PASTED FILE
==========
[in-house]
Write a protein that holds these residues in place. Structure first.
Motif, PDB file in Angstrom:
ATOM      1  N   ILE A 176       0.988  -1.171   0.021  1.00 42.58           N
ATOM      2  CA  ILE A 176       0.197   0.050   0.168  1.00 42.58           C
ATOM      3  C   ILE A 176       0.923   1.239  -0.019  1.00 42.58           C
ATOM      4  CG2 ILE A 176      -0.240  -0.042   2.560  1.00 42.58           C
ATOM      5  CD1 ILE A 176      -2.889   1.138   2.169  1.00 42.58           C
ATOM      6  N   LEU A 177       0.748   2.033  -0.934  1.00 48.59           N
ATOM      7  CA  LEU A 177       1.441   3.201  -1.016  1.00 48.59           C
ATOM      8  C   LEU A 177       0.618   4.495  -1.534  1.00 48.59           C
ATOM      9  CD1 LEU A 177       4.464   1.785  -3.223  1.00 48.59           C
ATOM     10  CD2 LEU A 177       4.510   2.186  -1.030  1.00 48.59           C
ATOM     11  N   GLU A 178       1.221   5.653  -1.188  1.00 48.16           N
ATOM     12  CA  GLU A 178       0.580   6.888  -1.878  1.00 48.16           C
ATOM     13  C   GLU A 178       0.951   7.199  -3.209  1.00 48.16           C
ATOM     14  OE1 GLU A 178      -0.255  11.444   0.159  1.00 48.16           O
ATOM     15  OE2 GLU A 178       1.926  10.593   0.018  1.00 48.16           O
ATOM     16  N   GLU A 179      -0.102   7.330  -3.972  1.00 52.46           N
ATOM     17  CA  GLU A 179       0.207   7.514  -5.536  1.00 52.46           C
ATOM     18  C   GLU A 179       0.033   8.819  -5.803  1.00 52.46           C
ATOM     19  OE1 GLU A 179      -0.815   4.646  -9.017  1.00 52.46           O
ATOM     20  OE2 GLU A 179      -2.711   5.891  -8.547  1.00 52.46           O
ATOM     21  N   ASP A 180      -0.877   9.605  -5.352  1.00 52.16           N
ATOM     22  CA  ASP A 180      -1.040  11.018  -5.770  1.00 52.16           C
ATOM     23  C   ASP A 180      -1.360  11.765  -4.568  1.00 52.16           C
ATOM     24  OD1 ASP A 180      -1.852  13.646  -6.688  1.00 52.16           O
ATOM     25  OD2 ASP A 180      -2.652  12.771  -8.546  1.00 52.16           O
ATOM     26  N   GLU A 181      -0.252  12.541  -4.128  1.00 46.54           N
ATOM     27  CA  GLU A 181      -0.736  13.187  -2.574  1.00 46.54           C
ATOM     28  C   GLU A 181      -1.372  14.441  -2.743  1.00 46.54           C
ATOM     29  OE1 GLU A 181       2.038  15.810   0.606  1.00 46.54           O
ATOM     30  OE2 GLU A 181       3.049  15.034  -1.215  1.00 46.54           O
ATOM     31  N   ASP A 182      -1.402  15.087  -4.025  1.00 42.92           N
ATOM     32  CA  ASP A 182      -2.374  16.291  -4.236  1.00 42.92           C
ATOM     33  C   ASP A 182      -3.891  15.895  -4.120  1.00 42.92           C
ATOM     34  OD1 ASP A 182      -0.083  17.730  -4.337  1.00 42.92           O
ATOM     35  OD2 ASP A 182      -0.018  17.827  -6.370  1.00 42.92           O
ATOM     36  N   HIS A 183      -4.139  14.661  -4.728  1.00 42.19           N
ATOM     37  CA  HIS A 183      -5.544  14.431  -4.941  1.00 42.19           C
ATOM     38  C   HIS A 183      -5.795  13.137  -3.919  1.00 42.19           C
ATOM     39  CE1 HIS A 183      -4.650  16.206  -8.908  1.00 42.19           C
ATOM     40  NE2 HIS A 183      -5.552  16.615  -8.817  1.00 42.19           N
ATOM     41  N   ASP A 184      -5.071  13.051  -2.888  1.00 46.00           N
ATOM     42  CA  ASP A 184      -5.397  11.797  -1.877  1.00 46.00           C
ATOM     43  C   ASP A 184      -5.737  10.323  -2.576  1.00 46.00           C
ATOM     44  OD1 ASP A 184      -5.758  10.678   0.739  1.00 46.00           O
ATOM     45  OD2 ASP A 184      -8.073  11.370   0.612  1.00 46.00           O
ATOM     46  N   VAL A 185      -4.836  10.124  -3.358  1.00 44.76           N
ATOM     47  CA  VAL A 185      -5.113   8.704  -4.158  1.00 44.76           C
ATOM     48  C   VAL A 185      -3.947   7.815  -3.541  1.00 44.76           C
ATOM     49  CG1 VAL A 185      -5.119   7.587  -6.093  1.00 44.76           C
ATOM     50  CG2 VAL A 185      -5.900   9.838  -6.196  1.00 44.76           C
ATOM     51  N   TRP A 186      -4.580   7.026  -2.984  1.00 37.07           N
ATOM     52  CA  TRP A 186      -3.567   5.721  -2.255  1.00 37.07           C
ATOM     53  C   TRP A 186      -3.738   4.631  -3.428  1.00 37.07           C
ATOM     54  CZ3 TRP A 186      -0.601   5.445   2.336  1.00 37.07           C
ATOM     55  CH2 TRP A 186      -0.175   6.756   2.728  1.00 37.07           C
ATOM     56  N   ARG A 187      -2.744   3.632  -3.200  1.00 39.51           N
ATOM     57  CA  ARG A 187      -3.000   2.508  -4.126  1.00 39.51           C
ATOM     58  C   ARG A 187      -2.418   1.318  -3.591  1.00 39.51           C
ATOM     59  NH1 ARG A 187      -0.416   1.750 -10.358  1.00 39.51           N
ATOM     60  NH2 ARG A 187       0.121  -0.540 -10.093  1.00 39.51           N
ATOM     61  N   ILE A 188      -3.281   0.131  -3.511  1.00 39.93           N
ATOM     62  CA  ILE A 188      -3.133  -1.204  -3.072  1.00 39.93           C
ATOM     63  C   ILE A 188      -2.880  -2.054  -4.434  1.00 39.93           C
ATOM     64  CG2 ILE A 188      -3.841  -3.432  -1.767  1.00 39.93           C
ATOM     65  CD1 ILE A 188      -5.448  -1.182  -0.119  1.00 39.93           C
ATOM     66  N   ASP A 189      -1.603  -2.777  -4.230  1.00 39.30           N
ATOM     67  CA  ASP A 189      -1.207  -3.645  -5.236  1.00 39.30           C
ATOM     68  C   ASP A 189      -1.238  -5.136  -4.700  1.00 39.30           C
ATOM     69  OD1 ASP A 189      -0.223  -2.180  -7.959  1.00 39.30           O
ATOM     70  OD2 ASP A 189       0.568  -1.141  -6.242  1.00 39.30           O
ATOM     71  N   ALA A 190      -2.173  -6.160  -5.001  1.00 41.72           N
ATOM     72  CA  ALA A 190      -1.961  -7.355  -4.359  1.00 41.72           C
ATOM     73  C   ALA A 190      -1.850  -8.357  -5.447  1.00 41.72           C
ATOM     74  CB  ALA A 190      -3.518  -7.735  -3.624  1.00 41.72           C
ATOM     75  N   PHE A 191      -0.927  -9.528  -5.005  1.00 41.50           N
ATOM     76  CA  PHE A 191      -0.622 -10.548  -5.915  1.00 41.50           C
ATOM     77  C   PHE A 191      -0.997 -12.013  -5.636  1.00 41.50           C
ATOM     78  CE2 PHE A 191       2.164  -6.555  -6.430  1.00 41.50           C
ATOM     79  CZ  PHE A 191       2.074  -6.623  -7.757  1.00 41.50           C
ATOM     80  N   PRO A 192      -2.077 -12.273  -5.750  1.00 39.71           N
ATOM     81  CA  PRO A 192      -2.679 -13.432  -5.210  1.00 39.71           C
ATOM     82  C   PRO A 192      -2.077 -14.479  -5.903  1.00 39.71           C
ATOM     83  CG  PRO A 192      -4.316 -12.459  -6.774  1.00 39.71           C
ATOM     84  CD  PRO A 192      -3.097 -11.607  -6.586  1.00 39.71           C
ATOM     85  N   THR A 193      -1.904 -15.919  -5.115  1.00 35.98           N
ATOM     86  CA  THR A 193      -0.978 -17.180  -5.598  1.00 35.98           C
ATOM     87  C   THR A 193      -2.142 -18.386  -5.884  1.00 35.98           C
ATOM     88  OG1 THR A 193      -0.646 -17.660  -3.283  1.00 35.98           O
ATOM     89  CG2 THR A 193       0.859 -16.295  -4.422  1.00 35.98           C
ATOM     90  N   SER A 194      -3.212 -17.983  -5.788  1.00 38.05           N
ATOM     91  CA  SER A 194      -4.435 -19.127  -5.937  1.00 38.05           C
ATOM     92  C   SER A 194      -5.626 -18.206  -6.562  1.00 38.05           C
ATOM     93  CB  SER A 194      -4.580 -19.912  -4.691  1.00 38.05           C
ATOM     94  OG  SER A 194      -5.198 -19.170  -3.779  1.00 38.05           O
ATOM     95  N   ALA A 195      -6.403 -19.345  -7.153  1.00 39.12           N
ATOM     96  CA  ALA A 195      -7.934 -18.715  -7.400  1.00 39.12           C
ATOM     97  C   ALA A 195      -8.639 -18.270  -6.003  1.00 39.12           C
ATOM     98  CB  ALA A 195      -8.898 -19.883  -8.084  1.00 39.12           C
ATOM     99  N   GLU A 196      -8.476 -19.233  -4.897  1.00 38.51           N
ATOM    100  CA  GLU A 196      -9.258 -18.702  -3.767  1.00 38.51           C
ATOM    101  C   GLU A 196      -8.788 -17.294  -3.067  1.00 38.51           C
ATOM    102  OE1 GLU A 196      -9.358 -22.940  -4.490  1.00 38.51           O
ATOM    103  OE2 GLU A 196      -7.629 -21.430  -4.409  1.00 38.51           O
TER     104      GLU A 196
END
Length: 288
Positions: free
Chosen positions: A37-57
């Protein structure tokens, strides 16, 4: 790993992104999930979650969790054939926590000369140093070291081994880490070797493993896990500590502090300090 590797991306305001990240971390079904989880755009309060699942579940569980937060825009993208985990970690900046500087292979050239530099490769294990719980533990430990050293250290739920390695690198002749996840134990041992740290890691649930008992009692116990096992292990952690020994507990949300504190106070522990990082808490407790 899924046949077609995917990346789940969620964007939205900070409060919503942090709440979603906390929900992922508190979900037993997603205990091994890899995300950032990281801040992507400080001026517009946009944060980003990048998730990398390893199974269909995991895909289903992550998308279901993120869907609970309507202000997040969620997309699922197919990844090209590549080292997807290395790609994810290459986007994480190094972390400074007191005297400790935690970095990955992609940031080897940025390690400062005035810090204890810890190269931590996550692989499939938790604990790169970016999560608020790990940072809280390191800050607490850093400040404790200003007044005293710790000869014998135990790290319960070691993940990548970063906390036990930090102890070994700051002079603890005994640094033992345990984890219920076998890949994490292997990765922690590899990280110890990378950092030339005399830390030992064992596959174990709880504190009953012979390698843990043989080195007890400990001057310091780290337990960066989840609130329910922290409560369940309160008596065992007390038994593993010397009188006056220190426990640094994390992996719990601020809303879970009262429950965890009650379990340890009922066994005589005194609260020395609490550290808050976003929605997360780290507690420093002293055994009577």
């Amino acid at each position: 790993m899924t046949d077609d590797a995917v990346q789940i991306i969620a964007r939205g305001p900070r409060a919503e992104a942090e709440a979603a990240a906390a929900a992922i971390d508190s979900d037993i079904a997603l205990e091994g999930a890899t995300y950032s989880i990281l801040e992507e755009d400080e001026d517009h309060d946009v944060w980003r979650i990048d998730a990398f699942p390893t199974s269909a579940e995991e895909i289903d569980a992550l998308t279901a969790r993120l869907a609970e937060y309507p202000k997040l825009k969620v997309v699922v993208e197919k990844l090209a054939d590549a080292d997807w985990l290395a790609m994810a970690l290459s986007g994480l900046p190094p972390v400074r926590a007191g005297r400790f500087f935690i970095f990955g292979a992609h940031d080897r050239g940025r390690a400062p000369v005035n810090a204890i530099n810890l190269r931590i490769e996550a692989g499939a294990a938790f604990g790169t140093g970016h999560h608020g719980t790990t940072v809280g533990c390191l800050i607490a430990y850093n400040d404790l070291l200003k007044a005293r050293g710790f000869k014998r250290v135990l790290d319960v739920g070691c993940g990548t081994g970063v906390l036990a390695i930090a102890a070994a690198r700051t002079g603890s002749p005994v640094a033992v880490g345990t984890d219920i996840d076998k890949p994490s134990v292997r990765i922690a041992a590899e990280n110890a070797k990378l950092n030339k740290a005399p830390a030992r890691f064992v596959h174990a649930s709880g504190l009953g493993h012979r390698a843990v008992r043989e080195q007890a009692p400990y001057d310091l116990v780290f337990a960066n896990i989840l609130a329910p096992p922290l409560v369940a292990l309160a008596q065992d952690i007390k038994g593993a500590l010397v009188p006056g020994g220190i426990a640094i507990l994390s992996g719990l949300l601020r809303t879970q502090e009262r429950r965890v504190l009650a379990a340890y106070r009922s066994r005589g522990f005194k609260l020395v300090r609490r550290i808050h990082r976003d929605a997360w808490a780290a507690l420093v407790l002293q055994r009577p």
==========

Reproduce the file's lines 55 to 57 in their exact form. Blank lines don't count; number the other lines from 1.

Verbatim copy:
ATOM     52  CA  TRP A 186      -3.567   5.721  -2.255  1.00 37.07           C
ATOM     53  C   TRP A 186      -3.738   4.631  -3.428  1.00 37.07           C
ATOM     54  CZ3 TRP A 186      -0.601   5.445   2.336  1.00 37.07           C